Thursday, 23 July 2020

The young Little Owl on Buck Hill was in the broken lime tree, well hidden among the leaves.

Its mother didn't like being out in the wind, but she had to keep an eye on it in case of a Magpie attack, so she hung on grimly as the branch thrashed about.

The young owl does get fed during the daytime. Yesterday Ahmet Amerikali got this picture of the mother arriving with a large caterpillar.

He also photographed a Green Woodpecker in a nearby sweet chestnut tree ...

... and a Meadow Grasshopper. These are abundant on Buck Hill, and are hunted by our resident Kestrel. I don't know whether the Little Owls are quick enough to catch them.

It takes young Carrion Crows some time to learn how to shell a peanut and extract the contents, something an adult can do in ten seconds. This young crow toiled away and eventually managed to get out one nut, while a Wood Pigeon strolled around expecting it to fail. Finally an adult stepped in, removed the other nut in a moment, and ate it.

The gardeners have spread wood chips under a California Bay tree in the Rose Garden to improve water retention and keep down weeds. They attract a lot of insects, which this Blackbird was busily excavating.

The Great Crested Grebe chicks at the bridge are getting quite large now.

The sitting grebe at the Diana fountain reed bed continued her patient vigil.

A dramatic picture by Ahmed of a grebe catching a pike. Yes, somehow it did manage to swallow the fish.

As the fish in the lake get larger, more Cormorants are arriving. These four were on the posts at the island, with another two in the water nearby.

The Coots' nest at the Dell restaurant is now a veritable skyscraper. Counting the submerged base, it must be getting on for four feet tall. There is always a sitting bird now so there must be a second clutch of eggs, though I haven't yet been able to see how many there are.

The Moorhen chick under the willow stepped out on improbably large feet.

A brisk wind over the lake encouraged some Mute Swans to try out their recently regrown wing feathers. The Black Swan has been able to fly for several weeks now, but came along just for the fun of it.

The two Mallard ducklings from the bridge are growing well.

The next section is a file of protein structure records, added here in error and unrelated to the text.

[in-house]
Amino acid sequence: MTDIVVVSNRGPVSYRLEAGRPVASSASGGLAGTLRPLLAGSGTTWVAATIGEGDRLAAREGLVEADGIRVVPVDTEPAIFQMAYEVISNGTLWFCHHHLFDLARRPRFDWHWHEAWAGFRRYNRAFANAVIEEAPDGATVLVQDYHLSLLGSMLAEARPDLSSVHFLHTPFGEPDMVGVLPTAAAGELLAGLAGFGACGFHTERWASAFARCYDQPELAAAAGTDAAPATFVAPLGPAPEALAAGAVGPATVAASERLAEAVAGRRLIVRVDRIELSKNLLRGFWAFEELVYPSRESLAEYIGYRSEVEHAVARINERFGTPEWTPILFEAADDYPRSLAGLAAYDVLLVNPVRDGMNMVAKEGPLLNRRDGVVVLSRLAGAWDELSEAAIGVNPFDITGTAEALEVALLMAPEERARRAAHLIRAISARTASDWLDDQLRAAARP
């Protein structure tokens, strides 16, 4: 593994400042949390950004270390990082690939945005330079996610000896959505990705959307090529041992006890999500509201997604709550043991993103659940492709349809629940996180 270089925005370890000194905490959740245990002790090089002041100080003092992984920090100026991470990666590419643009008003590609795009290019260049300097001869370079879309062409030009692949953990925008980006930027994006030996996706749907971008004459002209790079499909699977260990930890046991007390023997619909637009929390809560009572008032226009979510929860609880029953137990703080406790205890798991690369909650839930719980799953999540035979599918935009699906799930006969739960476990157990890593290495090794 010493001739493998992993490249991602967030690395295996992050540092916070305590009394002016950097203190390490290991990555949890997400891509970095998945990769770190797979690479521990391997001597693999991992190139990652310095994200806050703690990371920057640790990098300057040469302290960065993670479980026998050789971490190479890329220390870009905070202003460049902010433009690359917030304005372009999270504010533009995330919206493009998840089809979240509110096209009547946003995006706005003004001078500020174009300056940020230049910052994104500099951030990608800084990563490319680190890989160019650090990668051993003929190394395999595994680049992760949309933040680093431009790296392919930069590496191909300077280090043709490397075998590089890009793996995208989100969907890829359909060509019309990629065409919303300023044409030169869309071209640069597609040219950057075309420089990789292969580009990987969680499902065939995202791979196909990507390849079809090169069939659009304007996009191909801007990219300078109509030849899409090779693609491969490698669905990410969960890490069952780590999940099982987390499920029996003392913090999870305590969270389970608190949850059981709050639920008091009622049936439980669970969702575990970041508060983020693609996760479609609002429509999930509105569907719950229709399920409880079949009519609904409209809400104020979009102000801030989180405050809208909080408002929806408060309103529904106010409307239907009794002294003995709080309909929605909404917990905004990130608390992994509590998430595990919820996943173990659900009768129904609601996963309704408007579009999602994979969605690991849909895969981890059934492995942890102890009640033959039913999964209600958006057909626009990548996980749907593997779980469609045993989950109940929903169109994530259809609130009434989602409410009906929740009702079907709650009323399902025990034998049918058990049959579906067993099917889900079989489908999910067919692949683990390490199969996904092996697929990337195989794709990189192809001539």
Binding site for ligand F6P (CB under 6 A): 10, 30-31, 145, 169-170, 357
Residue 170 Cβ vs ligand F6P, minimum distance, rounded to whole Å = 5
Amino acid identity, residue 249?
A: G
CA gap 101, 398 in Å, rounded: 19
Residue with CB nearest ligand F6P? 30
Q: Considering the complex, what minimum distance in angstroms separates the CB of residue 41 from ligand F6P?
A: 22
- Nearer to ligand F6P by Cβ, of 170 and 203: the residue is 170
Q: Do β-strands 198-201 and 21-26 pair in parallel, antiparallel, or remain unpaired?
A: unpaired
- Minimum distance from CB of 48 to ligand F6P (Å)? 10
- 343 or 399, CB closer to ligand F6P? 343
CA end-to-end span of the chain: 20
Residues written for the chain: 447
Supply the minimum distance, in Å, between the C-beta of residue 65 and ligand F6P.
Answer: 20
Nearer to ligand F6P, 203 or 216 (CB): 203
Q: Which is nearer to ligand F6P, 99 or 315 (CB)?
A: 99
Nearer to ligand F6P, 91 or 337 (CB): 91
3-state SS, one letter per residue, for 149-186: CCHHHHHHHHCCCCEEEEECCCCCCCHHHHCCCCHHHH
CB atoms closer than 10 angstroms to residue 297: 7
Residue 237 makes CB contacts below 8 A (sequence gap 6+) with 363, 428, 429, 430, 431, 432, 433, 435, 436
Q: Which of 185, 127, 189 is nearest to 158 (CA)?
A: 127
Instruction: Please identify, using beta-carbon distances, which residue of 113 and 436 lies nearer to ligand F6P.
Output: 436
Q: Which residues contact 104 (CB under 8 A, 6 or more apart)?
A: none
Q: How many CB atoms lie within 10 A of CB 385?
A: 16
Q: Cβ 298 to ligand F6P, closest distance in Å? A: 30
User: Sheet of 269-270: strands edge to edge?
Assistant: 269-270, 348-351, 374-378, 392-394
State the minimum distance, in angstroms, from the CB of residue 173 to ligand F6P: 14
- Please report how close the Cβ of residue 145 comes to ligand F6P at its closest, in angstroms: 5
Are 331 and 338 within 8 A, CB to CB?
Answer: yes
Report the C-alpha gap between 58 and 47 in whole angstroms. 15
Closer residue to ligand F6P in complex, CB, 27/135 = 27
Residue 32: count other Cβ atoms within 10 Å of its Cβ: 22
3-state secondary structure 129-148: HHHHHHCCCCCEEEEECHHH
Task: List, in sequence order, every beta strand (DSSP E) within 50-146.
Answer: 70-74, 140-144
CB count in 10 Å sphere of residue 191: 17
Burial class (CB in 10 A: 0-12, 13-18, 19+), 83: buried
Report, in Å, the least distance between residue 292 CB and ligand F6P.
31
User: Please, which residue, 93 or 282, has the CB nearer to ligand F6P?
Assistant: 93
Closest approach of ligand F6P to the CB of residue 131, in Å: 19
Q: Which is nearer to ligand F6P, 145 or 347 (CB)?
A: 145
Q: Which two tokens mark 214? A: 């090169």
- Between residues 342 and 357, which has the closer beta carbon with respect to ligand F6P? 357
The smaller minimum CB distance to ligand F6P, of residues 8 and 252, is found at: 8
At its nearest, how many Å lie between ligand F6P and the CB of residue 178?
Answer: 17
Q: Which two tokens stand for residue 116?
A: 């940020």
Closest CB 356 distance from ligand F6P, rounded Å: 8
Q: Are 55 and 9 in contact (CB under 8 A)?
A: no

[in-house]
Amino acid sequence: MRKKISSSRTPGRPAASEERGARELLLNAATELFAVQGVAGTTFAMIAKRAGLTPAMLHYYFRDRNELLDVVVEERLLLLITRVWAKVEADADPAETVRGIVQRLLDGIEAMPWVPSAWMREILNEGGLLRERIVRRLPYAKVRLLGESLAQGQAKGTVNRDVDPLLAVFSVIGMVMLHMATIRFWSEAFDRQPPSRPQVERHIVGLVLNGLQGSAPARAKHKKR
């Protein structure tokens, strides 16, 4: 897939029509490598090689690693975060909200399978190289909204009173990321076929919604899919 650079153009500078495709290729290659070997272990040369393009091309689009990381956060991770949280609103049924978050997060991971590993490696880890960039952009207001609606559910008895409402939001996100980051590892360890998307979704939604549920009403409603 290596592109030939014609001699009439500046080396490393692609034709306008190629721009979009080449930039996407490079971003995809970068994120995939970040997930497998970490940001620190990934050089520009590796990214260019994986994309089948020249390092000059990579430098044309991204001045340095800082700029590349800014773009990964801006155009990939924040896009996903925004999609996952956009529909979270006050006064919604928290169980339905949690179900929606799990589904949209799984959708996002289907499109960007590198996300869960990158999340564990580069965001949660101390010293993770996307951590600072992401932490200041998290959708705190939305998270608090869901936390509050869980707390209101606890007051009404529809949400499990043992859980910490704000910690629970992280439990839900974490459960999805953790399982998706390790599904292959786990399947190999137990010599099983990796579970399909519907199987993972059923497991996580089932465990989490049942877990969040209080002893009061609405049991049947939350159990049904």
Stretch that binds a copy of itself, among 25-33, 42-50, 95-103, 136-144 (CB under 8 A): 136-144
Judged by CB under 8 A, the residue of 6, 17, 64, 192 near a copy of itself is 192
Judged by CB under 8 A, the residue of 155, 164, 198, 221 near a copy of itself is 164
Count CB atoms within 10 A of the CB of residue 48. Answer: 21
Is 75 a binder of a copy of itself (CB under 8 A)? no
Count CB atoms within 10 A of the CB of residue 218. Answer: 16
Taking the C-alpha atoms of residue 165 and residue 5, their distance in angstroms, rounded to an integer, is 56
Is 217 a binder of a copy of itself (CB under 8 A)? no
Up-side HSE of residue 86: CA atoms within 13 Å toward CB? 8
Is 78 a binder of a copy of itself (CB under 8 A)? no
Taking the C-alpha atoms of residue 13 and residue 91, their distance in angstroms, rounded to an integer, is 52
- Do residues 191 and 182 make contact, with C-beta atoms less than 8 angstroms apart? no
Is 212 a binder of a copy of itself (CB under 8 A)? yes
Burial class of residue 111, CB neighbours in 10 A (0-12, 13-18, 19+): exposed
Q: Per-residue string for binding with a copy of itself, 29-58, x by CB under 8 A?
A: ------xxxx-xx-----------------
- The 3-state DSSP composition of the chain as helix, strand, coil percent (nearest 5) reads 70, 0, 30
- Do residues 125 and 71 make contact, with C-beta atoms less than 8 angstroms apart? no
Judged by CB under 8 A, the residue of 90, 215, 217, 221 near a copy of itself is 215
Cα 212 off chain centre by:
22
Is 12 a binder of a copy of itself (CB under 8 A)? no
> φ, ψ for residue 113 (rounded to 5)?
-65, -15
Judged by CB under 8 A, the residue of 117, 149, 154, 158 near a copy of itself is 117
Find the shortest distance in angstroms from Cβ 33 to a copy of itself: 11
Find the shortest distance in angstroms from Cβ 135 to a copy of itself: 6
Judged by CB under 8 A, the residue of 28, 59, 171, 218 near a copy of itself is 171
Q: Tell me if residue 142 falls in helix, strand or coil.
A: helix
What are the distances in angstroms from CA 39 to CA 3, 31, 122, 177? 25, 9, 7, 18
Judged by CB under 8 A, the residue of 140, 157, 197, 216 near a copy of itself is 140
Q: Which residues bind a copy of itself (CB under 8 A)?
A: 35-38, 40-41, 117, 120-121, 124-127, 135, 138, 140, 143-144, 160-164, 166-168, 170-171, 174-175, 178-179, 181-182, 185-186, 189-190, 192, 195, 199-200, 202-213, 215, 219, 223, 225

We've had a photograph of a Buff-Tailed Bumblebee on an eryngium flower before, but it does make a pretty picture so here's another.


  1. Hard to decide which is the more adorable of the two, the young Little Owl or the Bumblebee. Let's call it a draw.

    The mother owl is such a devoted parent. She looks very uncomfortable in the wind, and yet she just braces herself and endures.

    I wonder what the Wood Pigeon's intentions are. Surely not just laughing at the crow's failure?

    1. The Wood Pigeon was waiting for the young Carrion Crow to abandon the peanut unopened, after which the pigeon would have eaten it, swallowing it shell and all. I've seen a bolder Wood Pigeon actually take a peanut from an adult crow.

  2. Some lovely shots of the grebes.

    Pretty sure your grasshopper is a Meadow Grasshopper. Colours are very variable feature in grasshoppers & the structure of the keels on top of the thorax are one of the most important features in ID. This species tends to be the commonest in meadows. Common Green seems to be in decline in south-east England with drier summers, favouring moist grasslands.

    1. Thank you. I was most uncertain about this identification, as all the pictures I got of both species were, as you say, very variable.

  3. The owl video and pics are awesome.
    Love the bee and grasshopper pics, contrasting colours...
    And the three swans seem to be having so much fun...

    1. Swans fly for fun when there's a wind. Heading into it reduces their takeoff run and saves much of the great effort of hauling themselves into the air.